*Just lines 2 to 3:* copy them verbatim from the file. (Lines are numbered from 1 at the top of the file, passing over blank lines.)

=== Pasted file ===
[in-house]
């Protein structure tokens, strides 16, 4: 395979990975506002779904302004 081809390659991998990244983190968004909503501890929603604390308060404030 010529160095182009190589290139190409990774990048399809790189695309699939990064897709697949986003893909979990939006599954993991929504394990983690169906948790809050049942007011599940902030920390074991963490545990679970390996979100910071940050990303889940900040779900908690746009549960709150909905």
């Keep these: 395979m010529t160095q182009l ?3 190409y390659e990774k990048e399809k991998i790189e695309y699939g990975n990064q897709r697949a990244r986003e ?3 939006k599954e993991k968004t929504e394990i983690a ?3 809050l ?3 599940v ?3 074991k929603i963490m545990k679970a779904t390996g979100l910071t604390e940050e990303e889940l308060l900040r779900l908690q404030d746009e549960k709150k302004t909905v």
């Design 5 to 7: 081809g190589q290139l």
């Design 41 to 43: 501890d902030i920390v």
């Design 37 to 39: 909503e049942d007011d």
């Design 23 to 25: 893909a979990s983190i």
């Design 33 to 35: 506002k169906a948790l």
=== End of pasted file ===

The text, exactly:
């Protein structure tokens, strides 16, 4: 395979990975506002779904302004 081809390659991998990244983190968004909503501890929603604390308060404030 010529160095182009190589290139190409990774990048399809790189695309699939990064897709697949986003893909979990939006599954993991929504394990983690169906948790809050049942007011599940902030920390074991963490545990679970390996979100910071940050990303889940900040779900908690746009549960709150909905």
């Keep these: 395979m010529t160095q182009l ?3 190409y390659e990774k990048e399809k991998i790189e695309y699939g990975n990064q897709r697949a990244r986003e ?3 939006k599954e993991k968004t929504e394990i983690a ?3 809050l ?3 599940v ?3 074991k929603i963490m545990k679970a779904t390996g979100l910071t604390e940050e990303e889940l308060l900040r779900l908690q404030d746009e549960k709150k302004t909905v």